San Francisco Opera’s fresh and winning take on Così fan tutte  

United StatesUnited States Mozart, Così fan tutte: Soloists, Chorus and Orchestra of San Francisco Opera / Henrik Nánási (conductor). War Memorial Opera House, San Francisco, 21.11.2021. (HS)

Irene Roberts (Dorabella), Nicole Heaston (Despina) and Nicole Cabell (Fiordiligi) in SFO’s Così fan tutte © Cory Weaver

Director – Michael Cavanagh
Sets – Erhard Rom
Costumes – Constance Hoffman
Lighting – Jane Cox

Fiordiligi – Nicole Cabell
Dorabella – Irene Roberts
Ferrando – Ben Bliss
Guglielmo – John Brancy
Don Alfonso – Ferruccio Furlanetto
Despina – Nicole Heaston

Così fan tutte, the second leg of San Francisco Opera’s Mozart-Da Ponte project, reached the stage Sunday afternoon with a captivating and innovative production that updated the action to a country club in 1930s America. Pitch-perfect direction, superb conducting from Henrik Nánási, responsive playing from the orchestra and a charming cast combined to make it work. It scores a hit on many levels.

Director Michael Cavanagh ties together the three operas in which Wolfgang Amadeus Mozart collaborated with Lorenzo Da Ponte by setting them near Washington, D.C., in the same mansion at three points in American history. The 2019 season brought Le Nozze di Figaro in the almost-completed house just after the American Revolution. Don Giovanni, the third installment, arrives next season with the building crumbling in a dystopian future 300 years later.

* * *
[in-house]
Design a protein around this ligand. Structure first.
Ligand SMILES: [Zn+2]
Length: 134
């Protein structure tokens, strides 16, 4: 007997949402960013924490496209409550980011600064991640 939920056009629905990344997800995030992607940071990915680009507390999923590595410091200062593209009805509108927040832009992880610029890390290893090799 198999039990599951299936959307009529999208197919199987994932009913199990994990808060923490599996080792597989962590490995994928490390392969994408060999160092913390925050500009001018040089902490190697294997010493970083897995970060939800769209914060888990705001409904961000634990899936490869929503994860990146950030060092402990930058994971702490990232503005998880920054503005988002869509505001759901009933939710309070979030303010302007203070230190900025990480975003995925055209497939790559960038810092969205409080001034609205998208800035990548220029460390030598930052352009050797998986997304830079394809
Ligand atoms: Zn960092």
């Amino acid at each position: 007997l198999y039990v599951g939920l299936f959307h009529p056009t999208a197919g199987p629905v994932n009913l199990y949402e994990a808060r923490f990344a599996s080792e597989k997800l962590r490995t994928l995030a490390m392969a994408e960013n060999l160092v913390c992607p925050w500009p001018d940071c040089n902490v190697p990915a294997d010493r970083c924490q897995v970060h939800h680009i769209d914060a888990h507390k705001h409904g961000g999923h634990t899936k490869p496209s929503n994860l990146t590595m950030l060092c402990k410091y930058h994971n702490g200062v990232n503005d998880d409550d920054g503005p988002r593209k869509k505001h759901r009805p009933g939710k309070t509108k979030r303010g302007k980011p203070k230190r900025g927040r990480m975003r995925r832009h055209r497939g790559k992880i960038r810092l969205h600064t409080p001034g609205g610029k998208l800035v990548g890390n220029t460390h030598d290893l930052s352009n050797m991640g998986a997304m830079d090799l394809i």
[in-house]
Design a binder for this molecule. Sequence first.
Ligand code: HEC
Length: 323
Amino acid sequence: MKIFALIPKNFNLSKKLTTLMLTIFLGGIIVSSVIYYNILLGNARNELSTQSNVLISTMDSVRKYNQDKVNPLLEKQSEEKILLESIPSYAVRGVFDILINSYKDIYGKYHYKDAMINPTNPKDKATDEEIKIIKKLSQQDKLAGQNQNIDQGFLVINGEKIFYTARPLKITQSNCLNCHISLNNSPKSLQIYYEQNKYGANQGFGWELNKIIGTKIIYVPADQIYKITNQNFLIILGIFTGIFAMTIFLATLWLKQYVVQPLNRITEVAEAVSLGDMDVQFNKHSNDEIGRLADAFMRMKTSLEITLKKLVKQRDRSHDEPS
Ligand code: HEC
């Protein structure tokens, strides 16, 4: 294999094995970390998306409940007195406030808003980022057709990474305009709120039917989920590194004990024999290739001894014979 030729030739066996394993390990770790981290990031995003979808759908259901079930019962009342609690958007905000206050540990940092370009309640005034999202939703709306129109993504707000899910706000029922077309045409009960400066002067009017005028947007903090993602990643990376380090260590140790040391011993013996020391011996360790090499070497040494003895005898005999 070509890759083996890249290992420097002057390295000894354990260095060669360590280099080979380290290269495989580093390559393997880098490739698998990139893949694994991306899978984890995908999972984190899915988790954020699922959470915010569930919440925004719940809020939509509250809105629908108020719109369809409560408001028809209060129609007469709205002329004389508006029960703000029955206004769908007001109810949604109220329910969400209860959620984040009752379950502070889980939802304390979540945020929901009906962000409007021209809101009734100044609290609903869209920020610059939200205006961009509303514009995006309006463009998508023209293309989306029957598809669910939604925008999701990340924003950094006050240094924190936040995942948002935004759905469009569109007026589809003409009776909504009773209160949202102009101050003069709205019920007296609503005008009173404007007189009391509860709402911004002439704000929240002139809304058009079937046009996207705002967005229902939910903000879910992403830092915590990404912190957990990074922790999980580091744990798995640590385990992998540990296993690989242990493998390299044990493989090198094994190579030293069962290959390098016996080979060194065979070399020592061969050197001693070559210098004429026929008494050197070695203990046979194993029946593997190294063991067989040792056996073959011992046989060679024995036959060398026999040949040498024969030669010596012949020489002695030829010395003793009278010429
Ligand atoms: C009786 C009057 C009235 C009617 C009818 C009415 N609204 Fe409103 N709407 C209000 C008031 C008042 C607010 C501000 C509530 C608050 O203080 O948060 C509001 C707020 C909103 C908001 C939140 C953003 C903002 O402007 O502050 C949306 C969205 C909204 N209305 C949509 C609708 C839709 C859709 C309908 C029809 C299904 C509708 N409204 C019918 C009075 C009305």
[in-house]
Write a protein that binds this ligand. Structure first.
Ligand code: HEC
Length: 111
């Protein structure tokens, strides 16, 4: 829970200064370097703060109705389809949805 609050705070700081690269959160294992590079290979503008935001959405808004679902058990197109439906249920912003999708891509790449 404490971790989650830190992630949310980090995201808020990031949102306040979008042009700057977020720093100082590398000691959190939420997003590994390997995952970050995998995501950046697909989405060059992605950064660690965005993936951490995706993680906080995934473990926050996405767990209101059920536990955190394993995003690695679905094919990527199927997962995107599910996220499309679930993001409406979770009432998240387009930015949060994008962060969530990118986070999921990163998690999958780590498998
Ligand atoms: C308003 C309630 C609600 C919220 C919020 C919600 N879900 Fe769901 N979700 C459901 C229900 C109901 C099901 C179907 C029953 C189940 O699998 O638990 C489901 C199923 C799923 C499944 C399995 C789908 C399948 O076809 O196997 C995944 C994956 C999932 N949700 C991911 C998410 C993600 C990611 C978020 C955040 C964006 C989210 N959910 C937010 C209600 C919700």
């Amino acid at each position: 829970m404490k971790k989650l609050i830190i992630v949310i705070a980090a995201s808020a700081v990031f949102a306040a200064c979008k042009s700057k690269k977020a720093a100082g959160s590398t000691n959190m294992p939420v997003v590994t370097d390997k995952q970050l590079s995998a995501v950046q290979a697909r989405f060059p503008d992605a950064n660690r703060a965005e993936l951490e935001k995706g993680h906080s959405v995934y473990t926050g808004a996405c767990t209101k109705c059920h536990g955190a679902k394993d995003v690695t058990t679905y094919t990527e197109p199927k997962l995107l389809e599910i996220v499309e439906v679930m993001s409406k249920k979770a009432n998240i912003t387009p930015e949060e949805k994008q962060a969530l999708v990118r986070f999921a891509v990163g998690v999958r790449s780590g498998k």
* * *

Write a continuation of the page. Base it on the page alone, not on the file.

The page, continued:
San Francisco Opera’s Così fan tutte © Cory Weaver

This opera finds the completed abode refashioned into the Wolfbridge Country Club, a luxurious refuge for the rich in the 1930s. It’s a perfect location for the privileged Fiordiligi, Dorabella, Ferrando and Guglielmo as they play out a bet over who can be true romantically to whom. Don Alfonso, portrayed as the club’s manager in a double-breasted suit, wagers that the boys’ sweethearts are not as steadfast as they think, and he enlists Despina, a maid on his staff apparently assigned to the young women, to help fool them.

The staging addresses the misogynistic overtones in Alfonso getting the boys, disguised as foreigners, to woo each other’s partners. The characters overplay scenes for melodrama and slapstick comedy, which only adds gravitas to the moments when they realize the joke has become serious. In the end, the young women are clearly onto the ruse, and they make their own choices about what to do about it. Having overheard the boys paying off the bet with Alfonso, they switch partners again for the sham wedding and end up leaving the boys altogether.

Tweaks to the projected supertitles translate much of the libretto freely and colloquially, which refreshes the few details that don’t quite align with Da Ponte’s Italian.

The entire cast won over the audience. They looked their parts, acted them with ease and bubbled over with chemistry. Costume designer Constance Hoffman outfitted the young lovers colorfully, with perky dresses and pants suits for the girls and outlandish lounge-lizard attire and bathing suits for the boys as ‘Albanians’.